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The sale of energy drinks to young people is to be banned
Over two thirds of young people in Germany consume energy drinks. Such drinks can be dangerous primarily because of their high caffeine content. The SPD health politician Ursula Schulte is now working to ensure that such products can no longer be sold to children and adolescents.
More than every third young person drinks energy drinks
Energy drinks have been growing in popularity for years. "Almost 70 percent of all young people drink energy drinks, and one in four of them do more than is healthy," the Consumer Advice Center North Rhine-Westphalia writes on its website. In fact, such drinks can be particularly harmful to the health of children and teenagers. Therefore, an age restriction for energy drinks is now required again.
Health risks from stimulating drinks
Health experts have been advising caution about energy drinks for years. One can see which dangers are looming on a website that shows what happens in the body after a can of Red Bull.
After high consumption, this can lead to a rapid heart rate or high blood pressure. Adolescents in particular consume too much caffeine from such drinks.
A ban on energy drinks for teenagers has been under consideration for years. So far, little has happened in this country.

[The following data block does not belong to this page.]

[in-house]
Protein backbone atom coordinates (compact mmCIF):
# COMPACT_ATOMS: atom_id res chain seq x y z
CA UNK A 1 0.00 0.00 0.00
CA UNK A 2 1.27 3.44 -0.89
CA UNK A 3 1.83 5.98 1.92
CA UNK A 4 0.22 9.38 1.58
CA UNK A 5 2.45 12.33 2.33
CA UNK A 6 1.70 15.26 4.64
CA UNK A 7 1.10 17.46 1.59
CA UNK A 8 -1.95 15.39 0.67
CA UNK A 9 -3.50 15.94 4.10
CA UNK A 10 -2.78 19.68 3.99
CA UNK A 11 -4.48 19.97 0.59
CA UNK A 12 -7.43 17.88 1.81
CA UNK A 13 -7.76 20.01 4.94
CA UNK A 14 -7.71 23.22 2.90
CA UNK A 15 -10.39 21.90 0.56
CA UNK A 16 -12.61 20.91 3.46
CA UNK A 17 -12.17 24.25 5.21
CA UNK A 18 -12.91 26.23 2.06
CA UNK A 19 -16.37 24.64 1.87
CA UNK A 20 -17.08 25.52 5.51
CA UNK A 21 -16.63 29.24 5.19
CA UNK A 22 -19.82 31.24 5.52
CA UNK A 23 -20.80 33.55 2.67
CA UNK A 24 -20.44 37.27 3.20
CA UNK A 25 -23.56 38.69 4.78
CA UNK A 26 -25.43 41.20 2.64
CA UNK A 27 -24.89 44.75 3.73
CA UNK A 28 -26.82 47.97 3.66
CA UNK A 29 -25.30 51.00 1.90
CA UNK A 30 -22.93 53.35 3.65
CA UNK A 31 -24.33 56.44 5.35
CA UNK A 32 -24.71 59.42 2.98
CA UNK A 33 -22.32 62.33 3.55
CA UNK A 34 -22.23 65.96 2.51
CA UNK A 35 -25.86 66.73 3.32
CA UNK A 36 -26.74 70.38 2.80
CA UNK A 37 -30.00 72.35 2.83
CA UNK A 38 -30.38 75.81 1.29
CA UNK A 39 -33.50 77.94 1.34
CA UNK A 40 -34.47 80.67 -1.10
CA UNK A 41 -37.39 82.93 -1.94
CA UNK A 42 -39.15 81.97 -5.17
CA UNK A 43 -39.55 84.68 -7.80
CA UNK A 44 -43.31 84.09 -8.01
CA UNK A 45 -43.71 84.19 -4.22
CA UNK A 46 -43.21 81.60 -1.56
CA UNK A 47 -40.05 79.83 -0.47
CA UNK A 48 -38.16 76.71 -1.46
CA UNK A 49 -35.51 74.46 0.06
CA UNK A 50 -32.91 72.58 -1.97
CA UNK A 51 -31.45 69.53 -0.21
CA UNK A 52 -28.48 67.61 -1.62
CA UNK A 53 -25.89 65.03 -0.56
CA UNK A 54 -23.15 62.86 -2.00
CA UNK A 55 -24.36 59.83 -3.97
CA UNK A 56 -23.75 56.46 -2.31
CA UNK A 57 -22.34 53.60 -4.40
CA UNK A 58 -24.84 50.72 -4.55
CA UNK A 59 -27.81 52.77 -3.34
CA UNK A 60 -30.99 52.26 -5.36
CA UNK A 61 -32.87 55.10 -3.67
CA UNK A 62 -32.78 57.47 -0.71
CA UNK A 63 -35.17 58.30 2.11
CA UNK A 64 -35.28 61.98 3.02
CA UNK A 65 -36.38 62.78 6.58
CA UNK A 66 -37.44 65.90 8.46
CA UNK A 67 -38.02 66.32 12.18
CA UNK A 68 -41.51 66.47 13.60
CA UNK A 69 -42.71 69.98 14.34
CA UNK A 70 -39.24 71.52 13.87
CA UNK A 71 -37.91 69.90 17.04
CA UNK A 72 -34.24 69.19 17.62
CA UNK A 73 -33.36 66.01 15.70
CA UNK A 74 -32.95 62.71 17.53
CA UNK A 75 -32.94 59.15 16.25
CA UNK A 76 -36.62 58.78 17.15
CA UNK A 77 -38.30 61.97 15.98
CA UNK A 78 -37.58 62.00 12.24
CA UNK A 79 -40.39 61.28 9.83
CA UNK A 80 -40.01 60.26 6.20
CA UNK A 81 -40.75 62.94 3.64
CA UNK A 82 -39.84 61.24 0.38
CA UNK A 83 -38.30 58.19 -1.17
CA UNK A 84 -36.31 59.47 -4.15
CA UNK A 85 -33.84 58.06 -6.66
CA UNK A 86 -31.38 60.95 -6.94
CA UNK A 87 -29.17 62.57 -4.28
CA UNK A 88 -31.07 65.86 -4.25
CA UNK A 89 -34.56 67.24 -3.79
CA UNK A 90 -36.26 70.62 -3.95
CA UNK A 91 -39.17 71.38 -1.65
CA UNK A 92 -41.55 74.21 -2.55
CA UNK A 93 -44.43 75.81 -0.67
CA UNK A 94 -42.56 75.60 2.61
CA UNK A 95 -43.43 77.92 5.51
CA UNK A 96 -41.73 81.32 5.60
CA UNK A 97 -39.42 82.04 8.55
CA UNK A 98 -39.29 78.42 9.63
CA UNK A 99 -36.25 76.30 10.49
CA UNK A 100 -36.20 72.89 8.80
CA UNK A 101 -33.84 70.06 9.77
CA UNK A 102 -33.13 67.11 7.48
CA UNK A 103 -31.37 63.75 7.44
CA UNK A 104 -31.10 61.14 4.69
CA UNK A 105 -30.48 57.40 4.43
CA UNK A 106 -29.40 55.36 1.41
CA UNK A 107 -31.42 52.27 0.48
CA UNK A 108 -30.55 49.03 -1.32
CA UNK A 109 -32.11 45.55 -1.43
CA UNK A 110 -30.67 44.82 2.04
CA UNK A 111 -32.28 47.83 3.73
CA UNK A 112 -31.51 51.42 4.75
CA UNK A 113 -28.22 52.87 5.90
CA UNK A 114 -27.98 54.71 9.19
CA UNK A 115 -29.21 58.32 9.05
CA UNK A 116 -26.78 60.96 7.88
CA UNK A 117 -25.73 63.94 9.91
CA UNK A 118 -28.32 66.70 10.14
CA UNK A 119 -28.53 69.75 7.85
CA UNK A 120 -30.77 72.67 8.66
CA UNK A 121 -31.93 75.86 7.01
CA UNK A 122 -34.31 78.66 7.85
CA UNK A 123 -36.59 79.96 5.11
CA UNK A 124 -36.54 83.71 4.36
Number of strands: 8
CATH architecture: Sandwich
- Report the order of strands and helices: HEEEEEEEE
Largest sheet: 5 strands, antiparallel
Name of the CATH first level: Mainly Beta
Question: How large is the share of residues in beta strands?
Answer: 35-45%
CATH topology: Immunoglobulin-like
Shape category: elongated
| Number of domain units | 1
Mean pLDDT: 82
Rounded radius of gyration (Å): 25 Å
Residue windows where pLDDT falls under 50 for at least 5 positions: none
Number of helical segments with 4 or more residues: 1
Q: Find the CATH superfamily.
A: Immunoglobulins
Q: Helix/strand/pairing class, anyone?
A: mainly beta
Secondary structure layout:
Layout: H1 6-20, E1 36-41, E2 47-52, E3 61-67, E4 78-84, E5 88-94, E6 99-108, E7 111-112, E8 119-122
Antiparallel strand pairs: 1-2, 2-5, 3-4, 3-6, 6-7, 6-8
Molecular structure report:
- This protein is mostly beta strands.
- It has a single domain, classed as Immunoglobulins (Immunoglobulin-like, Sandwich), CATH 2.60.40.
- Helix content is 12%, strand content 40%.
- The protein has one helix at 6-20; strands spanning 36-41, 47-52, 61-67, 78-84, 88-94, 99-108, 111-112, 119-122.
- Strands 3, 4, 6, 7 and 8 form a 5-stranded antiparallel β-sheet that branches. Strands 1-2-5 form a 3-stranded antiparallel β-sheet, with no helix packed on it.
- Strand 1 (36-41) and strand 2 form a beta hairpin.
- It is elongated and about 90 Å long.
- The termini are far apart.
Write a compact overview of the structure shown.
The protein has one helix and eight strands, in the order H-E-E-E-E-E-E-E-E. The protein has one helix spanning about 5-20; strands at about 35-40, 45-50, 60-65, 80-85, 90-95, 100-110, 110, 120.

But now there is a push by a German politician: As the "Saarbrücker Zeitung" reports on Monday, the SPD health politician Ursula Schulte wants to protect children and adolescents from the dangers of energy drinks with a sales ban.
"There must also be an age restriction in Germany," the spokeswoman for the SPD parliamentary group in the Bundestag for consumer health protection told the newspaper.
Sales to teenagers under 16 stopped
According to the information, some retail chains in the UK have already stopped selling energy drinks to young people under 16. It is said that the German discounters Aldi and Lidl are among them.
"What is possible in Great Britain must also be possible in this country," said Schulte.
According to the Saarbrücker Zeitung, the SPD politician asked the Federal Minister of Food Julia Klöckner (CDU) to "negotiate with industry".
After all, consuming too much of the extremely caffeinated and stimulating drinks, especially in children, could have fatal side effects. (ad)